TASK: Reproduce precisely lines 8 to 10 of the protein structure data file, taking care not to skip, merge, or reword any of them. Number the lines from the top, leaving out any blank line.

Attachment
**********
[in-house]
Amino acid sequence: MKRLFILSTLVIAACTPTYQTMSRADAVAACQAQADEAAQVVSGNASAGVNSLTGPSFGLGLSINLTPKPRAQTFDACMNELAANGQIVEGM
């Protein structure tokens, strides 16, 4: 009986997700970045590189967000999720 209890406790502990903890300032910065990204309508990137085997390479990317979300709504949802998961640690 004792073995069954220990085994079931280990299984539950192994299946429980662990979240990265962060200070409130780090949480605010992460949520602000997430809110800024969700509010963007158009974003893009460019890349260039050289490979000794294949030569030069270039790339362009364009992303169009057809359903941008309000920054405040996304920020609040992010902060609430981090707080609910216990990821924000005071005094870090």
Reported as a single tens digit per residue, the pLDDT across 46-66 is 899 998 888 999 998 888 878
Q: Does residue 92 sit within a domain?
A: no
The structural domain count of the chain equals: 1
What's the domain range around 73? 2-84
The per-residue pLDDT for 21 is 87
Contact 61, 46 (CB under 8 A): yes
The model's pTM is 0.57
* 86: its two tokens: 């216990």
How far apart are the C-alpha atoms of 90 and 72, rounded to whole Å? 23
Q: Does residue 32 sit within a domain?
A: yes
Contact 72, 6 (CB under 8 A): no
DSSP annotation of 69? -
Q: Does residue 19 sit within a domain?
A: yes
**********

What's the domain range around 73? 2-84
The per-residue pLDDT for 21 is 87
Contact 61, 46 (CB under 8 A): yes